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Post-con Princess

This is the scene in my dining room.

It’s looked this way for a week now, because I came home sick from Dragon*Con AND I’M STILL SICK. I’m a healthy person. I’m not used to these illnesses that take two weeks to clear up. After seven days I have to admit…this is driving me nuts. Granted I’ve caught up on pretty much all the TV I’ve ever wanted to watch — my two new favorite shows are "Castle" and "Lie To Me" — Nathan Fillion just makes us authors look GOOD, and Tim Roth is, well, TIM ROTH, only he Hugh Lauries it up a bit.

There’s a Dragon*Con Top Ten post coming. I have notes and everything. I’ve even started writing it. But I also have to get back to other work, and I don’t want to leave you guys hanging.

So here are my pics from yes, the Best Dragon*Con Evar, and here are my best friend and Con Roomie Chris McCormick’s. The Sideshow was standing room only. The Hour With Sherrilyn Kenyon had over 1000 people. Our signing lasted two hours. The parade was marvelous.

And I still maintain it was worth every minute of my current misery.
*sneeze*

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Sideshow Flyer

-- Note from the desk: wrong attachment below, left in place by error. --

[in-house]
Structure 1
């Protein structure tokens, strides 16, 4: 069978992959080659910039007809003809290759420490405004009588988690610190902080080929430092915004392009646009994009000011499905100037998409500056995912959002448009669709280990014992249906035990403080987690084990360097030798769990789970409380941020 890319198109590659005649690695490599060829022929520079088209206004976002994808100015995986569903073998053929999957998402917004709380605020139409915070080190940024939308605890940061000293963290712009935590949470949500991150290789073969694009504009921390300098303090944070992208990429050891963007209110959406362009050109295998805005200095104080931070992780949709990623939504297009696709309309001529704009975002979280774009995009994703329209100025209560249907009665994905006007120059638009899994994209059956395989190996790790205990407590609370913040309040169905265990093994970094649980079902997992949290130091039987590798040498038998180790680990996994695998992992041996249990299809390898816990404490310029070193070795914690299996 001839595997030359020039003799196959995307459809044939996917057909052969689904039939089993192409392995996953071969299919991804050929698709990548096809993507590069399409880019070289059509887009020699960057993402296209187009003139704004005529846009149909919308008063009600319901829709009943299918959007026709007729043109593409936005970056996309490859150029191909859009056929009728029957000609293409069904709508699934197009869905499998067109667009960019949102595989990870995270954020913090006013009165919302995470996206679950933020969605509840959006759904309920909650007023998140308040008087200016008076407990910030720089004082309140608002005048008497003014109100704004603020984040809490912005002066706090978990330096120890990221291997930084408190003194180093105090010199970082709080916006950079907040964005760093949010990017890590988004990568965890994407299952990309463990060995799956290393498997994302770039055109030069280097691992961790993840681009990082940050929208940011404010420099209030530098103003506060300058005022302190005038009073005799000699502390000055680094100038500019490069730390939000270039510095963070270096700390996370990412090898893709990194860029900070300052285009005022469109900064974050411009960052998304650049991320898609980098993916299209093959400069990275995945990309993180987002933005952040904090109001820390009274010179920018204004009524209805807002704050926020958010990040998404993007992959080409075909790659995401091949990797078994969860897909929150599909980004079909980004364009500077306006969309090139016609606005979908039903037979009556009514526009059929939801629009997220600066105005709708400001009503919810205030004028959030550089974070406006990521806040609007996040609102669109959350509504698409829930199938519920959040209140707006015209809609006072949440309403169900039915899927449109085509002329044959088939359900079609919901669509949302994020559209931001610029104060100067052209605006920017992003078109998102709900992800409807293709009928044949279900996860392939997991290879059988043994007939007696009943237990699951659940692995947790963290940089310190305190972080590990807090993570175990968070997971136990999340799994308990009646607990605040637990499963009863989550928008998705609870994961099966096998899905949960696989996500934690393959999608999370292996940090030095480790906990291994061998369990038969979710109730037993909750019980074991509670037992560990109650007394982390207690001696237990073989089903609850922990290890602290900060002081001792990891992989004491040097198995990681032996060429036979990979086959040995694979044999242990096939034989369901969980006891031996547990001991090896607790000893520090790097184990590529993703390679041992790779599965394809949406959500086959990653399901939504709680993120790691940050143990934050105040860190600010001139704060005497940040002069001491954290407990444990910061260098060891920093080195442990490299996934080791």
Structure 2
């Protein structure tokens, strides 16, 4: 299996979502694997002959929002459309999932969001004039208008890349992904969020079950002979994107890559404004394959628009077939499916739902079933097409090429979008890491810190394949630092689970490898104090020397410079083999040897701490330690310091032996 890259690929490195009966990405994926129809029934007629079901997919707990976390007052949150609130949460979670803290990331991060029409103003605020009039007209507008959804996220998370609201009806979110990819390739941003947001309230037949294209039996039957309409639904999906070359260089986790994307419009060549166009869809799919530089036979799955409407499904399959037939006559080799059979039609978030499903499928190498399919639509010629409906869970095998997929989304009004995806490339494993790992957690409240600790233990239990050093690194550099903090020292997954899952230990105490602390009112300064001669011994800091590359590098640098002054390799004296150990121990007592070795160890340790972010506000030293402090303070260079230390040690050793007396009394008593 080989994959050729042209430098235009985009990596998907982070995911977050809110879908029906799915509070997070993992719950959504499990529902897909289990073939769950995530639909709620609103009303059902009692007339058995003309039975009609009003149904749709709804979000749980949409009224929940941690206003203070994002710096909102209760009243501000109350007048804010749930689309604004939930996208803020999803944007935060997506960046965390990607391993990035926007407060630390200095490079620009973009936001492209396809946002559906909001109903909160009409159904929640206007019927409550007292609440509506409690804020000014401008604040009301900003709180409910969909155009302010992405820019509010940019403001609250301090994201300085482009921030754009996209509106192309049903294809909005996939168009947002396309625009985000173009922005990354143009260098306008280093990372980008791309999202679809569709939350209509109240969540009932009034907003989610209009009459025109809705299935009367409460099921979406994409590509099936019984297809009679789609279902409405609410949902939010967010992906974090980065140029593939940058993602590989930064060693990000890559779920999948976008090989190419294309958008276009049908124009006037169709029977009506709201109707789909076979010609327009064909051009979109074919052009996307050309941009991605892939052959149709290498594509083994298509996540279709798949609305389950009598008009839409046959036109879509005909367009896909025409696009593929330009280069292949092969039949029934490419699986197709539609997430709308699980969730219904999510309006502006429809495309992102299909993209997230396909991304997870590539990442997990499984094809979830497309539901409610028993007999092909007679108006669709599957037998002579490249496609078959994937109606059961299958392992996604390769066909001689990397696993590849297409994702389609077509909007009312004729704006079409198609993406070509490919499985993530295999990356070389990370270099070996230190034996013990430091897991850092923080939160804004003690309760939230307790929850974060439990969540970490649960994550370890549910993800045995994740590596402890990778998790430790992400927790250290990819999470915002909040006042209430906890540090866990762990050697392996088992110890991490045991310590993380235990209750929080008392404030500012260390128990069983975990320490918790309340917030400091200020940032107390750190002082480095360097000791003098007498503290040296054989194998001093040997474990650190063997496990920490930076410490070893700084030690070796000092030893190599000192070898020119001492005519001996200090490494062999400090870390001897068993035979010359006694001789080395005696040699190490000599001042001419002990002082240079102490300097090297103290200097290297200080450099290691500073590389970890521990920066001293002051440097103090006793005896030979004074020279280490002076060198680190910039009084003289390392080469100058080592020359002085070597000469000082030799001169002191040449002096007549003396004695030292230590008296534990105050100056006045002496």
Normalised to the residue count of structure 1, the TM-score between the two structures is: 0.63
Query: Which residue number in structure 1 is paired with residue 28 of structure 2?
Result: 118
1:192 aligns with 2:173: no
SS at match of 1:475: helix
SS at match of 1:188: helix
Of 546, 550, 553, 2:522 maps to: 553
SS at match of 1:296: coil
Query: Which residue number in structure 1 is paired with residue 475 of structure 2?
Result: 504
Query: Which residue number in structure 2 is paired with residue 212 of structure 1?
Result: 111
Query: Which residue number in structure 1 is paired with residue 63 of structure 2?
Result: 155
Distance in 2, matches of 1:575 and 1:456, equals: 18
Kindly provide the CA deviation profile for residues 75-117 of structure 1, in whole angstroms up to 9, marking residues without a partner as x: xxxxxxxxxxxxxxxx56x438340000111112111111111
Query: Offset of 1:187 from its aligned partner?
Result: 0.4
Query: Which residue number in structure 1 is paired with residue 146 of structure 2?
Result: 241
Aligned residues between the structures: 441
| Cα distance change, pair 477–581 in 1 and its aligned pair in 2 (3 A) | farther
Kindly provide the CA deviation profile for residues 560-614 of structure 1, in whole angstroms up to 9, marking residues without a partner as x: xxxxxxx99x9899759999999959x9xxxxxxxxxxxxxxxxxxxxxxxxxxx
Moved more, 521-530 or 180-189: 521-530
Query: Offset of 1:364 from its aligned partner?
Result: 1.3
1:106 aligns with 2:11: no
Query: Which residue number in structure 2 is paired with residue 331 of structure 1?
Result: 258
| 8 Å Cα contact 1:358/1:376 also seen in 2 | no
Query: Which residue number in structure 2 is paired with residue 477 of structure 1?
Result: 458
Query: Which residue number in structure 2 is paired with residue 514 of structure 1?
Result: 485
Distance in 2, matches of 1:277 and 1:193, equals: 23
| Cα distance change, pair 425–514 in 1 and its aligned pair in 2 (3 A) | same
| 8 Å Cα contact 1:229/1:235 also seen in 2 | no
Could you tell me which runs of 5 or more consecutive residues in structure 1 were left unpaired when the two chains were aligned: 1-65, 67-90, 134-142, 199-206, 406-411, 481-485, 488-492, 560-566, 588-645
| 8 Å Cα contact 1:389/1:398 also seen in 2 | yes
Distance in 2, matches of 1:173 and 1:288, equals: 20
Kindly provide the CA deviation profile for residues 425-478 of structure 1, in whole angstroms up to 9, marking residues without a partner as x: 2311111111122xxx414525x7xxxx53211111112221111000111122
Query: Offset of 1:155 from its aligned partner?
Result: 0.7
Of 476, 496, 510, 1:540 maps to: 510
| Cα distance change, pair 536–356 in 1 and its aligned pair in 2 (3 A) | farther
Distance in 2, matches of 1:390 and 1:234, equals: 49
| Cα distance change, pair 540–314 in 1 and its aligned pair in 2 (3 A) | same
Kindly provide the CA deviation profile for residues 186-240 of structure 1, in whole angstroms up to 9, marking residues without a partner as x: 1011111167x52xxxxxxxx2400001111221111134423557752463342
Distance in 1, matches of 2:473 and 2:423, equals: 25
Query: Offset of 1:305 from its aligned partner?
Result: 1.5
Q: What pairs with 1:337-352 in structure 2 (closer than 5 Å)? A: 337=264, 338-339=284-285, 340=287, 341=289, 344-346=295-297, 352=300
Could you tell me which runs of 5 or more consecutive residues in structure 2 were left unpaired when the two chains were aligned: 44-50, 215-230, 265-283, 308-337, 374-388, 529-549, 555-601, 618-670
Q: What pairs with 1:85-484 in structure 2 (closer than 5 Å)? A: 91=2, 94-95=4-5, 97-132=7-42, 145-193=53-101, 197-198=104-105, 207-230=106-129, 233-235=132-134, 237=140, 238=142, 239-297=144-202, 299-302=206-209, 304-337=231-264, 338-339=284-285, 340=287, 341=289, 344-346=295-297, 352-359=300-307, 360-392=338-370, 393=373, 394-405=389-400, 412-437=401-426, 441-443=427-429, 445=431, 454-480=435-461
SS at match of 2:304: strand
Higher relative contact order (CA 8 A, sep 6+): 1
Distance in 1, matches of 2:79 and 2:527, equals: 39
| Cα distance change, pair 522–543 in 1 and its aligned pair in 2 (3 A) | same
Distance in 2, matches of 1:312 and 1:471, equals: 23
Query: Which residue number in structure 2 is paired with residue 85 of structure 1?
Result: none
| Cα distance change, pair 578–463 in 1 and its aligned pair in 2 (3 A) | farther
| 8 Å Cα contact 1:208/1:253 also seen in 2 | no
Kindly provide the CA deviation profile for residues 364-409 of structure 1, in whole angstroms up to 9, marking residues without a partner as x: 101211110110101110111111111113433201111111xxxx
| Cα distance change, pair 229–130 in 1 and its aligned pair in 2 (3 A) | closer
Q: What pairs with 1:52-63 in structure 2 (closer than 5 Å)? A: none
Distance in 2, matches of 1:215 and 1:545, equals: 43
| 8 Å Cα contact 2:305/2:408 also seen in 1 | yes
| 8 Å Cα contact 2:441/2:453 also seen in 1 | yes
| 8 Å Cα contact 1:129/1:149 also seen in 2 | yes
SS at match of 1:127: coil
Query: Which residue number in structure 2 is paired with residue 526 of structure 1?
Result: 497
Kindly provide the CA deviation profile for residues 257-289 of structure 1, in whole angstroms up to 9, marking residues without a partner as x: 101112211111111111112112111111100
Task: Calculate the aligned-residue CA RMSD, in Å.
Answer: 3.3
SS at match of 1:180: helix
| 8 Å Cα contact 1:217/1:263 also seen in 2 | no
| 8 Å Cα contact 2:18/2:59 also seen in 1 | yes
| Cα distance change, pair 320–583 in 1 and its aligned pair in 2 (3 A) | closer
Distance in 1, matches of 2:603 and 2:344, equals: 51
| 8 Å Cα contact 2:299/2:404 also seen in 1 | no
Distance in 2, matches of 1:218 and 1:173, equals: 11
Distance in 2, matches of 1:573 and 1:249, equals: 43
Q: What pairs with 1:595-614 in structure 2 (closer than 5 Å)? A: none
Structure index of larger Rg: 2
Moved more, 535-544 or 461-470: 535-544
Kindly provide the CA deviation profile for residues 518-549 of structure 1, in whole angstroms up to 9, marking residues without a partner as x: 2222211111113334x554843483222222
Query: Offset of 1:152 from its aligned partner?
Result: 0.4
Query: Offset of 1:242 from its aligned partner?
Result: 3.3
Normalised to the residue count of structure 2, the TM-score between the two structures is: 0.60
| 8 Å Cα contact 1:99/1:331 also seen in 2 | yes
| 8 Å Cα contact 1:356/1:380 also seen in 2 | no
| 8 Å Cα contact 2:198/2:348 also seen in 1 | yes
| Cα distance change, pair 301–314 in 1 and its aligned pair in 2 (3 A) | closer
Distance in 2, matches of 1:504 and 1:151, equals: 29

Made of Awesome. Thanks, Chuck! xox

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Dragon*Con Scavenger Hunt!

AnthologyBuilder’s Dragon*Con Scavenger Hunt

Our secret agents are stalking the convention circuit looking for AnthologyBuilder badge wearers. If they spot you, you’ll receive a free gift certificate or anthology!

  • WorldCon
  • Dragon Con
  • World Fantasy
  • Philcon

Badges are reusable, so collect and save them for future events!

How to Win at Dragon*Con:

Since DragonCon is so huge, we’re offering a new way to get prizes: Email a photo of your badge collection (or post it online and send us a link) to badges@anthologybuilder.com. We’ll distribute prizes to the first 100 people who participate. The best prizes will go to photos that:

(1) include multiple badges
(2) include a costume
(3) are unusually inventive

Want to be a Secret Agent?

Send an email to 007@anthologybuilder.com telling us which convention(s) you’ll be attending. Our staff will assign you a mission and provide a small compensation for your time.

My Awesome Badge
:

Jonesing to create your own anthology? Check out AnthologyBuilder’s archives. I’ve got six stories listed there…it’s a good start!